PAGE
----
• Article: not found

            Psychiatric disorders in children with autism spectrum disorders: prevalence, comorbidity, and associated factors in a population-derived sample.

            Autism spectrum disorders are now recognized to occur in up to 1% of the population and to be a major public health concern because of their early onset, lifelong persistence, and high levels of associated impairment. Little is known about the associated psychiatric disorders that may contribute to impairment. We identify the rates and type of psychiatric comorbidity associated with ASDs and explore the associations with variables identified as risk factors for child psychiatric disorders. A subgroup of 112 ten- to 14-year old children from a population-derived cohort was assessed for other child psychiatric disorders (3 months' prevalence) through parent interview using the Child and Adolescent Psychiatric Assessment. DSM-IV diagnoses for childhood anxiety disorders, depressive disorders, oppositional defiant and conduct disorders, attention-deficit/hyperactivity disorder, tic disorders, trichotillomania, enuresis, and encopresis were identified. Seventy percent of participants had at least one comorbid disorder and 41% had two or more. The most common diagnoses were social anxiety disorder (29.2%, 95% confidence interval [CI)] 13.2-45.1), attention-deficit/hyperactivity disorder (28.2%, 95% CI 13.3-43.0), and oppositional defiant disorder (28.1%, 95% CI 13.9-42.2). Of those with attention-deficit/hyperactivity disorder, 84% received a second comorbid diagnosis. There were few associations between putative risk factors and psychiatric disorder. Psychiatric disorders are common and frequently multiple in children with autism spectrum disorders. They may provide targets for intervention and should be routinely evaluated in the clinical assessment of this group.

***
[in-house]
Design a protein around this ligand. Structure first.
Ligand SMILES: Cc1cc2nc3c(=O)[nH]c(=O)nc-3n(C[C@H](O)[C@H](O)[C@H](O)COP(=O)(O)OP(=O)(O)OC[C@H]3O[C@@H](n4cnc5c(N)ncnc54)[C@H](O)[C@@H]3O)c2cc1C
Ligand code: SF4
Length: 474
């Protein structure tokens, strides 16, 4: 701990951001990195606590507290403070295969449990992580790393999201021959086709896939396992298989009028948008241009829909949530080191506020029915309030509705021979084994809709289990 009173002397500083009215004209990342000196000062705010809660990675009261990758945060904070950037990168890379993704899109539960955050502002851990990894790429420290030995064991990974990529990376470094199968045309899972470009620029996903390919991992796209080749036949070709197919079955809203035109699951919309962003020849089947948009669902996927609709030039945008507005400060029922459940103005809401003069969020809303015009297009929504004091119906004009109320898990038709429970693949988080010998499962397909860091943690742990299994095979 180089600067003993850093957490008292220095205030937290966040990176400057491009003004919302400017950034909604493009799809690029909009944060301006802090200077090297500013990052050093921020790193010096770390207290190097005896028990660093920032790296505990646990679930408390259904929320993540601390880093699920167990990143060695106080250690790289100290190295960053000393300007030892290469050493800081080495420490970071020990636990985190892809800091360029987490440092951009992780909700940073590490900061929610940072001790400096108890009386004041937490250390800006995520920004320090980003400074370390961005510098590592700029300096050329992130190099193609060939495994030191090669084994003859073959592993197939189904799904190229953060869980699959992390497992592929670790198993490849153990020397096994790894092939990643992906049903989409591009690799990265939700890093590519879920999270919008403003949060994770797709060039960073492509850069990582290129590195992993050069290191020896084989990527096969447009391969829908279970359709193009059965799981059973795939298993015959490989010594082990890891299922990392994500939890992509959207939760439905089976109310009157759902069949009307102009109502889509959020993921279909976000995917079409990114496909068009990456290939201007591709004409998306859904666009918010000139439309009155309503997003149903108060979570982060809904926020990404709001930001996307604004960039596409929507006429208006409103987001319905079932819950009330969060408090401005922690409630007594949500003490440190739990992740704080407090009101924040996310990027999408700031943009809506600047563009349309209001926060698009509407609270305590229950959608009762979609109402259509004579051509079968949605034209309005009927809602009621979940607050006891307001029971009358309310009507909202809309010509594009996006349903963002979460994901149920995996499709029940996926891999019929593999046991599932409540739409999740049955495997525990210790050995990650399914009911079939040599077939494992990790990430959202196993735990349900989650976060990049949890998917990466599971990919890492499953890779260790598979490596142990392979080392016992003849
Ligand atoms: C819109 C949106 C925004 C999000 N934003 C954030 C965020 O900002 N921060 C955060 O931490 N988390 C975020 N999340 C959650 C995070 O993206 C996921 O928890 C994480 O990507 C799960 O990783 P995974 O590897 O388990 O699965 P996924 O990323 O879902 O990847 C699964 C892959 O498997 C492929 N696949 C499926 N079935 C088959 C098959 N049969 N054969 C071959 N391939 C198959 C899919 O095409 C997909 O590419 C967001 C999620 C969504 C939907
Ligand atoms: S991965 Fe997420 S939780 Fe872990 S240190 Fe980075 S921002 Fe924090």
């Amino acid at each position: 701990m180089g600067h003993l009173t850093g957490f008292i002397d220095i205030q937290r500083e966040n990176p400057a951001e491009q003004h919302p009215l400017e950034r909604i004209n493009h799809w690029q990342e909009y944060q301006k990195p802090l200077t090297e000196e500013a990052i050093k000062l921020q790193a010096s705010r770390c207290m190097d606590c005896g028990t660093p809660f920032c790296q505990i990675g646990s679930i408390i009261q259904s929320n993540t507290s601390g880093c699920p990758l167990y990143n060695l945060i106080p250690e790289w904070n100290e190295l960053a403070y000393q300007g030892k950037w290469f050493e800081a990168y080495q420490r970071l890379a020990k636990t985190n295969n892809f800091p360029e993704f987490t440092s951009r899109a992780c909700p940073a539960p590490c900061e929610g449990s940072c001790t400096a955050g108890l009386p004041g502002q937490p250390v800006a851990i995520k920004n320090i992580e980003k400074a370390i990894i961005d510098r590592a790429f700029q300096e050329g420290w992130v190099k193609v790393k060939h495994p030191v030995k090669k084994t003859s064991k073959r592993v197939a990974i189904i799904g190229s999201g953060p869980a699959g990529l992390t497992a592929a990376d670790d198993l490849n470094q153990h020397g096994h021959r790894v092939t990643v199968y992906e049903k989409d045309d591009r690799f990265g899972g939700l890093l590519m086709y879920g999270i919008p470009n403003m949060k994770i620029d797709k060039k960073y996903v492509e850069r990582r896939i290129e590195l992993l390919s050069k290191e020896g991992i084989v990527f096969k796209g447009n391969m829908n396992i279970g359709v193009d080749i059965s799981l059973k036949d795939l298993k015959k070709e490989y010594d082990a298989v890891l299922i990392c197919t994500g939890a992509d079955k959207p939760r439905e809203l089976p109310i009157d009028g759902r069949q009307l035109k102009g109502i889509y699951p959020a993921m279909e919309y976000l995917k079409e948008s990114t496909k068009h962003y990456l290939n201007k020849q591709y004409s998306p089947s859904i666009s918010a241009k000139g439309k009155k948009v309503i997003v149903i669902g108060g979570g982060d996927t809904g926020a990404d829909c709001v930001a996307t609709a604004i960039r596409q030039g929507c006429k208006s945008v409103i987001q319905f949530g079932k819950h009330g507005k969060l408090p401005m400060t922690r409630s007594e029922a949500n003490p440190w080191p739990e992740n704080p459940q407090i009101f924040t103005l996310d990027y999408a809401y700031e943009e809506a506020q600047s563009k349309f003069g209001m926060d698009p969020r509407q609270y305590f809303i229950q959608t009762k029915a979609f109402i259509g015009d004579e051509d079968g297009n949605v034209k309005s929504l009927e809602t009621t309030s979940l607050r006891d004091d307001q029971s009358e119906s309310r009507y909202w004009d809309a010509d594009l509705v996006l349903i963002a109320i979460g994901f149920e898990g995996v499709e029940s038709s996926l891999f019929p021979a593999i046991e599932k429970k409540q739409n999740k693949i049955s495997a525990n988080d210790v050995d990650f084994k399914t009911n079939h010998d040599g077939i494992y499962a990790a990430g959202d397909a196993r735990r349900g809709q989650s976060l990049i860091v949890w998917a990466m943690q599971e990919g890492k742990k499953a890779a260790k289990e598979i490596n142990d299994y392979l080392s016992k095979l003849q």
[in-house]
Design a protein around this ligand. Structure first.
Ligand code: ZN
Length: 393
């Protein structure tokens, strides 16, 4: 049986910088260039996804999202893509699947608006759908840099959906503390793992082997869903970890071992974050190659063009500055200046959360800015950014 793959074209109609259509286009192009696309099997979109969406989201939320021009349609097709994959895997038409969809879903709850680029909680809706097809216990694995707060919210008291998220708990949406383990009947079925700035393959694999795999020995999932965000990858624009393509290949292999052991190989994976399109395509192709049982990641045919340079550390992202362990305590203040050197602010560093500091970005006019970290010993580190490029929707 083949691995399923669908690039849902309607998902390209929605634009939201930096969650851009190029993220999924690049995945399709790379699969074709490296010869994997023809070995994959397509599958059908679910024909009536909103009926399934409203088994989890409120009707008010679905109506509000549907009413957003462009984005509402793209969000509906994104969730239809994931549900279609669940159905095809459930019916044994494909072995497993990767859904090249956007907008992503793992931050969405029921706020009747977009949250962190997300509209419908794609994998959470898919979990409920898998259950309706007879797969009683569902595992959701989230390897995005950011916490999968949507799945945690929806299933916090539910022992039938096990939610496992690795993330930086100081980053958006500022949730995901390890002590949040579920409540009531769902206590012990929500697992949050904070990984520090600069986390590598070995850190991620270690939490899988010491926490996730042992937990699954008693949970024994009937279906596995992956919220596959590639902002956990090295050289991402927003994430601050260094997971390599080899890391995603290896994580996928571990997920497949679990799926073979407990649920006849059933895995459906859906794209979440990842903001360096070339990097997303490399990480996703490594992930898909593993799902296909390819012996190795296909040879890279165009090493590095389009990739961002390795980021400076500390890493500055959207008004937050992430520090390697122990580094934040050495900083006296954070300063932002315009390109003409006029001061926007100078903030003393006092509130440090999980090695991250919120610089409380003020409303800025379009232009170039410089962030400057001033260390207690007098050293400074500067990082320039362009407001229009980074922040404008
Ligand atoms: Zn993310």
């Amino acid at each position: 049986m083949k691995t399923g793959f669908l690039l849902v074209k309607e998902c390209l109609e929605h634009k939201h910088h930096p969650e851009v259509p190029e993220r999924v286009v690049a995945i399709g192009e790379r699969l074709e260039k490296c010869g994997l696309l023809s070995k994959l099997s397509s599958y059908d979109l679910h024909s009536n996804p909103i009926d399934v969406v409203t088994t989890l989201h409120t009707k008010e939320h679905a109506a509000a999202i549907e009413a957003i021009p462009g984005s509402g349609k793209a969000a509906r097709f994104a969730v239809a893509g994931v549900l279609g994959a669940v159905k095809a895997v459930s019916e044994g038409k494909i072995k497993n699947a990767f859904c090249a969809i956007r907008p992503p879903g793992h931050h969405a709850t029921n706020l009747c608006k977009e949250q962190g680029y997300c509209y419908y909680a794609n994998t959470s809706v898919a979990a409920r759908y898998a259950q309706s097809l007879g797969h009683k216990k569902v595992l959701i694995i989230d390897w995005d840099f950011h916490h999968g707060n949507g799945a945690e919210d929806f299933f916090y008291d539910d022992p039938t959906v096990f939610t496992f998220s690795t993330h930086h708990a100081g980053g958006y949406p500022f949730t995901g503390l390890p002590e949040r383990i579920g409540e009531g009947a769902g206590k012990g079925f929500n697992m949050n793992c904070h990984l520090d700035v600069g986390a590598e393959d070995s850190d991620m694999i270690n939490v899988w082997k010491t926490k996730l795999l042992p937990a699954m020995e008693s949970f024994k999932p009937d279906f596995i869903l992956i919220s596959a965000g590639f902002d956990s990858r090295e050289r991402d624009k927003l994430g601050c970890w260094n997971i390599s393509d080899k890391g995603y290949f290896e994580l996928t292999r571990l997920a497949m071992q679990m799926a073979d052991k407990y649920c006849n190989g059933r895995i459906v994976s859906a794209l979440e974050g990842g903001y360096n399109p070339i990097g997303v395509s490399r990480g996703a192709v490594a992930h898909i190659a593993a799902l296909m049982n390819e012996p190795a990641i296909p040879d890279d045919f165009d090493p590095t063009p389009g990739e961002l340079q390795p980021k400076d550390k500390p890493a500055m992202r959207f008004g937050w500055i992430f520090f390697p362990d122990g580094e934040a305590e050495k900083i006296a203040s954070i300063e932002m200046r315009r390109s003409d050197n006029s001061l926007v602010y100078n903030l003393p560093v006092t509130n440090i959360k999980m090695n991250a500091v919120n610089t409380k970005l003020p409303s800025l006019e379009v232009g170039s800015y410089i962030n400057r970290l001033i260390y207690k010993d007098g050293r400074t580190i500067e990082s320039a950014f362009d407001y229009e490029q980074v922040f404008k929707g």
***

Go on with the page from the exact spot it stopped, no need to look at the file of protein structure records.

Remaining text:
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              The world report on violence and health.

              In 1996, the World Health Assembly declared violence a major public health issue. To follow up on this resolution, on Oct 3 this year, WHO released the first World Report on Violence and Health. The report analyses different types of violence including child abuse and neglect, youth violence, intimate partner violence, sexual violence, elder abuse, self-directed violence, and collective violence. For all these types of violence, the report explores the magnitude of the health and social effects, the risk and protective factors, and the types of prevention efforts that have been initiated. The launch of the report will be followed by a 1-year Global Campaign on Violence Prevention, focusing on implementation of the recommendations. This article summarises some of the main points of the world report.
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                Author and article information

                Contributors
                Journal
                AIA
                10.1108/AIA
                Advances in Autism
                AIA
                Emerald Publishing
                2056-3868
                01 November 2018
                28 February 2019
                : 5
                Issue : 1 Issue title : Women, girls, and autism spectrum disorders: part I Issue title : Women, girls, and autism: part I
                : 64-76
                Affiliations
                [1]School of Medical Education, King’s College London , London, UK
                Author notes
                Sarah Markham can be contacted at: sarah.markham@kcl.ac.uk
                Article
                618384 AIA-09-2018-0027.pdf AIA-09-2018-0027
                10.1108/AIA-09-2018-0027
                2947ecd0-7d0f-4fff-bf35-068a11cccf4b
                © Emerald Publishing Limited
                Page count
                Figures: 0, Tables: 0, Equations: 0, References: 69, Pages: 13, Words: 6914
                Product
                Categories
                case-report, Case study
                cat-HSC, Health & social care
                cat-LID, Learning & intellectual disabilities
                Custom metadata
                yes
                yes
                JOURNAL
                included